• I remember going over the Wick with my parents (late 70s early 80s), there were house ruins and foundations we played in. Used to dig for old bottles and once came across a gypsy family with horse and amazing wooden caravan. I am sure we came across an old shop, a grocery store which I imagine was around the BP garage/Cranfield area – did I imagine this?

    By emma fairbairn (22/09/2013)
  • I have such wonderful and fond memories of the Wick and how it once was. My parents had rented Broughton Lodge for a while back in the late 50s. My grandmother lived in a bungalow there called Highfield and all her children, including my mother, grew up ‘over the Wick’. A walk to the Wick in the early seventies was such a treat, acres of fields filled with wild meadow flowers: cuckoo flowers and huge dog daisies. I remember Nelson’s farm once stood at the end of the long lane and it had a stile and a rather large keep out sign!! By the mid seventies virtually all the houses were gone and I used to go to the Wick with my parents to collect apples, pears and damsons from the various orchards. I remember my parents telling me to be wary of the many wells that were dotted around the properties, it was all so exciting as an eleven year old! Thinking back to that time is delicious!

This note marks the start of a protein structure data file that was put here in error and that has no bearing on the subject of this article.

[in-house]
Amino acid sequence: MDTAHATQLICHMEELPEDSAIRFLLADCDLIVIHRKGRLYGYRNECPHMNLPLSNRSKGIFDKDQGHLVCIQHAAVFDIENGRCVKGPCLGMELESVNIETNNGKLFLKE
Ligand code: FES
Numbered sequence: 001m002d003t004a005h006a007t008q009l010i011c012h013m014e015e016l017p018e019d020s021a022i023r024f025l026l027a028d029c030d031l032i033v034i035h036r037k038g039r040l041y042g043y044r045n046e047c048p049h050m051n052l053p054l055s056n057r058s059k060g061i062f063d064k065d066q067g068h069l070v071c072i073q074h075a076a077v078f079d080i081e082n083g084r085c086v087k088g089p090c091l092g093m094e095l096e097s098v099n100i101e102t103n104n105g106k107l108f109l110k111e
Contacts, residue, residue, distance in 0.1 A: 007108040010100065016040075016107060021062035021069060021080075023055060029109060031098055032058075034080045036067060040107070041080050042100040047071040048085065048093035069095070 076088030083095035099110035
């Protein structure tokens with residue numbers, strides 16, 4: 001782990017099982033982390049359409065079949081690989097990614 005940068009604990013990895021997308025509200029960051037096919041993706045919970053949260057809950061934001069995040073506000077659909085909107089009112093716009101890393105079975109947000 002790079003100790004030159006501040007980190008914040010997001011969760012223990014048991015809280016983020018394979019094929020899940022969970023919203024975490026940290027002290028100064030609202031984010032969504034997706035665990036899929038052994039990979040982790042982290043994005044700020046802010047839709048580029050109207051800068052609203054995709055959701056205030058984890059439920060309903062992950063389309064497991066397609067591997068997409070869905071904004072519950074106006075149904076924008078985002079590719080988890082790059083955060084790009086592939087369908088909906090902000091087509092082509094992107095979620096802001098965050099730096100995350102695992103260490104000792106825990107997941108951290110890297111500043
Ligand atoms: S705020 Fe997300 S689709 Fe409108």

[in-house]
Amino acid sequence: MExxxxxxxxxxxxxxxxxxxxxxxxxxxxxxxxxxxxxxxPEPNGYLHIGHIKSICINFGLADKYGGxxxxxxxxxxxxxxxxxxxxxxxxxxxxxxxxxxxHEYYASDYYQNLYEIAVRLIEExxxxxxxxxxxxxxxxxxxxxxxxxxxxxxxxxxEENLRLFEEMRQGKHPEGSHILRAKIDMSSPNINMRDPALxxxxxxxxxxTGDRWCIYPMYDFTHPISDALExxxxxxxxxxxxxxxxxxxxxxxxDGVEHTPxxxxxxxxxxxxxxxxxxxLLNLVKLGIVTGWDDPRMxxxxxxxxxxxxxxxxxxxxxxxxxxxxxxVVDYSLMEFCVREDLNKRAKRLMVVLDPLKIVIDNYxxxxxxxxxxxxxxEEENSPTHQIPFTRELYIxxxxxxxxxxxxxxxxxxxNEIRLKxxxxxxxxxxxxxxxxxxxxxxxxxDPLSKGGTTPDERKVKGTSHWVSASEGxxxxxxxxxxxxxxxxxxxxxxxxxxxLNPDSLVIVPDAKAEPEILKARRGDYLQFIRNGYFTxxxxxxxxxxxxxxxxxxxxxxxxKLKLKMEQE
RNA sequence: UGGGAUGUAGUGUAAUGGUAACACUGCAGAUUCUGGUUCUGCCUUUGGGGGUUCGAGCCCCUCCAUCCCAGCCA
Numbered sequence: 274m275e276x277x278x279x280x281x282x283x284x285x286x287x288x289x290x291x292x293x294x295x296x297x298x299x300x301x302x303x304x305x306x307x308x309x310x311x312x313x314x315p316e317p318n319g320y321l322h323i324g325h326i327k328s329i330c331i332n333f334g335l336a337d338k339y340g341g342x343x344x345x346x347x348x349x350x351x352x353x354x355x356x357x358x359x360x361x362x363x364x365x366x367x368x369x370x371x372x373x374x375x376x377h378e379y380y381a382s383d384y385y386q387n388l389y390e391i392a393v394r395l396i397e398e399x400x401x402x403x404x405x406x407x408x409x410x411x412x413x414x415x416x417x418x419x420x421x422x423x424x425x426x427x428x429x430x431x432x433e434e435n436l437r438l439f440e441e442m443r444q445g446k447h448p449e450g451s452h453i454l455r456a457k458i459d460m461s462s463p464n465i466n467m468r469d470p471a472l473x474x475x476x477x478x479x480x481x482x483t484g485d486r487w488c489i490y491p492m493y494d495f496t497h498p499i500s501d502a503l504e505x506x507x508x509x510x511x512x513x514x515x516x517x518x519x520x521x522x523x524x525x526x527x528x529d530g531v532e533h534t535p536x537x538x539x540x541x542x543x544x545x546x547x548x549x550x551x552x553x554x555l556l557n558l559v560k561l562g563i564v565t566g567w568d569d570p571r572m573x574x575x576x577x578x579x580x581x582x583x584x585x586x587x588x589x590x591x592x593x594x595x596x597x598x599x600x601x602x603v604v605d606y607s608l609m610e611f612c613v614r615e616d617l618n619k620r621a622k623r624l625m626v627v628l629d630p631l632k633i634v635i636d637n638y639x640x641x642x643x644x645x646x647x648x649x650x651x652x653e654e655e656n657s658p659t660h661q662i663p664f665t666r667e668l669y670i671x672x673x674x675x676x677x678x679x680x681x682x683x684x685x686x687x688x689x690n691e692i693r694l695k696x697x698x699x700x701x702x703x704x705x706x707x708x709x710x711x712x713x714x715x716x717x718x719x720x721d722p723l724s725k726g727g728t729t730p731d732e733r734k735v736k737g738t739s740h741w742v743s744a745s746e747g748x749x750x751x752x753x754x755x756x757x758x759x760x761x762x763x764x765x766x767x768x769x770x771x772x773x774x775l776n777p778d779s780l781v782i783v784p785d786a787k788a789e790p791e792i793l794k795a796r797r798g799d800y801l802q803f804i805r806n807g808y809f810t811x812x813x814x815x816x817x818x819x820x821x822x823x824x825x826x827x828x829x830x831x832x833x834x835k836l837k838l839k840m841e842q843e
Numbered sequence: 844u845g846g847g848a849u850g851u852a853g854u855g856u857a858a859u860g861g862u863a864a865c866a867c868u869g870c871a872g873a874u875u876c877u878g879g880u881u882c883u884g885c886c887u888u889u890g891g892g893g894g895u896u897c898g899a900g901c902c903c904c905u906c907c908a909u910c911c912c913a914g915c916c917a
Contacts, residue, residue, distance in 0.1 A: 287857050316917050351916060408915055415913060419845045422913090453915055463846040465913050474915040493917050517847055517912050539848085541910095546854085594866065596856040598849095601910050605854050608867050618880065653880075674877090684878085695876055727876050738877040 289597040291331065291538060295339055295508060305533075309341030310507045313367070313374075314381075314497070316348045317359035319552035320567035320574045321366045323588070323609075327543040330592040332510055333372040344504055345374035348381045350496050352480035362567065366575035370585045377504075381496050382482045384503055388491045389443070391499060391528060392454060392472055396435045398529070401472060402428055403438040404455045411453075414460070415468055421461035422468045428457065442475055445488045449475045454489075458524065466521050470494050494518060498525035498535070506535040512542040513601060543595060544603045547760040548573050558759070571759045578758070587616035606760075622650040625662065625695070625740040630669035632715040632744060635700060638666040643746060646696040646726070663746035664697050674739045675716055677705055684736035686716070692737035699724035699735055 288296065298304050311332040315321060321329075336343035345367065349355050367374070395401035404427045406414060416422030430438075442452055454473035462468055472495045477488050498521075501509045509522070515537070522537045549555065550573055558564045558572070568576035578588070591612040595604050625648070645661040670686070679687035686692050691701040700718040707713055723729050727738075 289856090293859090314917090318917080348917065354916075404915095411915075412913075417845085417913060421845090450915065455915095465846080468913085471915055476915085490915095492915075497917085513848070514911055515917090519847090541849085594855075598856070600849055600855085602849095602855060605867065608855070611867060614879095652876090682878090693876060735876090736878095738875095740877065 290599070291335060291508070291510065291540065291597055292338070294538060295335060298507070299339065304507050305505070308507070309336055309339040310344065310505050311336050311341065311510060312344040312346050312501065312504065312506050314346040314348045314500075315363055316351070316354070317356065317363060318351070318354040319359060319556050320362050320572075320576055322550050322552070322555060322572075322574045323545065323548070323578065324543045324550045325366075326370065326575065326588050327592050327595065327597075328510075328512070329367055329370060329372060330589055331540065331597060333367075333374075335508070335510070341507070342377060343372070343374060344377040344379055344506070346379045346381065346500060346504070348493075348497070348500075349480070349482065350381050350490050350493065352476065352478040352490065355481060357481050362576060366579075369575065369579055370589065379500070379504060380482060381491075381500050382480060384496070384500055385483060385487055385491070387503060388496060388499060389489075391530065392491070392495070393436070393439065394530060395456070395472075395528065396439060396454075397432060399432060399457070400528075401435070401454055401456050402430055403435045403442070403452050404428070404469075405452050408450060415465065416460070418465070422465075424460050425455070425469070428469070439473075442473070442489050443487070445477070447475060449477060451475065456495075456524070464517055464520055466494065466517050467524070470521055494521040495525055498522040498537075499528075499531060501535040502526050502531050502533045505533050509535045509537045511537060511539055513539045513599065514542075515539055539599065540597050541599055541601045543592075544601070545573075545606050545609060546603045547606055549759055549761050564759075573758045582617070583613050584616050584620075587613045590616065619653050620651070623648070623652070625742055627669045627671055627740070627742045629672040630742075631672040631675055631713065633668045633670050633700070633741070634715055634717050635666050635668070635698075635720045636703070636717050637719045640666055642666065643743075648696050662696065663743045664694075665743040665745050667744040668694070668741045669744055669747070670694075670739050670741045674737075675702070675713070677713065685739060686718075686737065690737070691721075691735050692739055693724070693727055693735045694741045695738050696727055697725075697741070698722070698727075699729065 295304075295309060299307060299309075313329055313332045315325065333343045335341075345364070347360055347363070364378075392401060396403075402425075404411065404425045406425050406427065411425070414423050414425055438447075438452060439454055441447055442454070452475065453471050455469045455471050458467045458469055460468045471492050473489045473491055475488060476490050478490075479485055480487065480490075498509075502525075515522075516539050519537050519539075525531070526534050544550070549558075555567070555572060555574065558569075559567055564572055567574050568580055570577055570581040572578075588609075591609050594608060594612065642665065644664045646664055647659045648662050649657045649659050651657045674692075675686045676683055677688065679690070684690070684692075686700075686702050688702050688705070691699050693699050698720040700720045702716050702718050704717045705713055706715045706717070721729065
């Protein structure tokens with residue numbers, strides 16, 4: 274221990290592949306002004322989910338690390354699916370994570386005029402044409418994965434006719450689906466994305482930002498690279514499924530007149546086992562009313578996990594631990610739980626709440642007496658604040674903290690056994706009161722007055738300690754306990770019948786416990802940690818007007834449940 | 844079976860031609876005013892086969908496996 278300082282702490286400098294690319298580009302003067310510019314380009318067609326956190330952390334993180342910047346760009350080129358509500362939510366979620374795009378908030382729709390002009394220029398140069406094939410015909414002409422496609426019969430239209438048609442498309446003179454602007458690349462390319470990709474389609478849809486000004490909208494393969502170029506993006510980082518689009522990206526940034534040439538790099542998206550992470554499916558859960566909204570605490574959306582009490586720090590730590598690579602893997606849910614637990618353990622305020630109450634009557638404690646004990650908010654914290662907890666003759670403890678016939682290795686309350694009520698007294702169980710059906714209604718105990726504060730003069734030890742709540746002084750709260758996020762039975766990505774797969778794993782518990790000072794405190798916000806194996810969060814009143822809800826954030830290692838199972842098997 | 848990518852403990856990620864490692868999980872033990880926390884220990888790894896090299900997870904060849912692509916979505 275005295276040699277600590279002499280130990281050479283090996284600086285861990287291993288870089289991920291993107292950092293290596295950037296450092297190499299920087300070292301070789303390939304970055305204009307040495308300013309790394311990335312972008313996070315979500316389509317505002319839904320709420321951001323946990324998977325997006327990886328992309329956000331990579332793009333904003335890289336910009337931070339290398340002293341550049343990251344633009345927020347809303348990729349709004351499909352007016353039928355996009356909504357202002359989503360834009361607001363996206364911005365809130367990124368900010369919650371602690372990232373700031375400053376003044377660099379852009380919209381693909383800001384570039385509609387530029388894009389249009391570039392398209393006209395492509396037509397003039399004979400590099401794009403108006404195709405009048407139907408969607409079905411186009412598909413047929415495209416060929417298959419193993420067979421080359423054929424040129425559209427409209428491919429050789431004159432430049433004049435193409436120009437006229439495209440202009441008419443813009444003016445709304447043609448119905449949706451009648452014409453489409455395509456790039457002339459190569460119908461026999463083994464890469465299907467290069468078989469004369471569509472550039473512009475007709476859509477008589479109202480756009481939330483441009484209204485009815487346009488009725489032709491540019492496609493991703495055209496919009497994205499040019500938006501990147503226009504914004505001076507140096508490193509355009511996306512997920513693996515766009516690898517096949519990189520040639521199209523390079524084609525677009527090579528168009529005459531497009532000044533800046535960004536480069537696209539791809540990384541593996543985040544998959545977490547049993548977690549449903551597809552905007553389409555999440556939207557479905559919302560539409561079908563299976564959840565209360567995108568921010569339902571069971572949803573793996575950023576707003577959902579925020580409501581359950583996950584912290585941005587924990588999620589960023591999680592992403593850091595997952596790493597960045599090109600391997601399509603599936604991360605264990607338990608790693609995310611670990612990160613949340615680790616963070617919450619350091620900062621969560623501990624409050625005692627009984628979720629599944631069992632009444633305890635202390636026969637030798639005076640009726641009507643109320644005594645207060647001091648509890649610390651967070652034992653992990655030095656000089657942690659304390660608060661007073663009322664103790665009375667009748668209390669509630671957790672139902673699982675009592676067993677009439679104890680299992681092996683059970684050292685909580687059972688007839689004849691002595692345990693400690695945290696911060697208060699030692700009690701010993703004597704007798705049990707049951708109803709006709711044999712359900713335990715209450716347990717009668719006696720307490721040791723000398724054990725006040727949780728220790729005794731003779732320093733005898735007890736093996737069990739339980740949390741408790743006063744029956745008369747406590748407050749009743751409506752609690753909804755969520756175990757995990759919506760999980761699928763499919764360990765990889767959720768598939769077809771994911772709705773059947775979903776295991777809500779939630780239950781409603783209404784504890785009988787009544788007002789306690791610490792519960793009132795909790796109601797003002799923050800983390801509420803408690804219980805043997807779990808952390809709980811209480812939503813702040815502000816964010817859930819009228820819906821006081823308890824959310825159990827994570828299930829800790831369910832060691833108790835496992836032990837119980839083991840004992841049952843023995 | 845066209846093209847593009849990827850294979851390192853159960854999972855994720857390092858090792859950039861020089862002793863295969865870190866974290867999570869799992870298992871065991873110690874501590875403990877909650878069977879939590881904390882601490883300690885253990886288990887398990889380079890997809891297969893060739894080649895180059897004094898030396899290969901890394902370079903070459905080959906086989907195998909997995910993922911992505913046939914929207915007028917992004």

By Teresa Simmons (20/08/2013)
  • My grandparents had a farm at the end of Wick Lane (The Wick), Arthur and Ada Lewis (Ginger as she was known). My Grandad ran the farm alongside a scrap metal business. As a child my nan use to show me the remains of the red kitchen tiles. Their farm was sold privately before it was compulsorily purchased, like many others!  So sad, but Wickford was a growing village!

    By Penny Anderson (05/08/2013)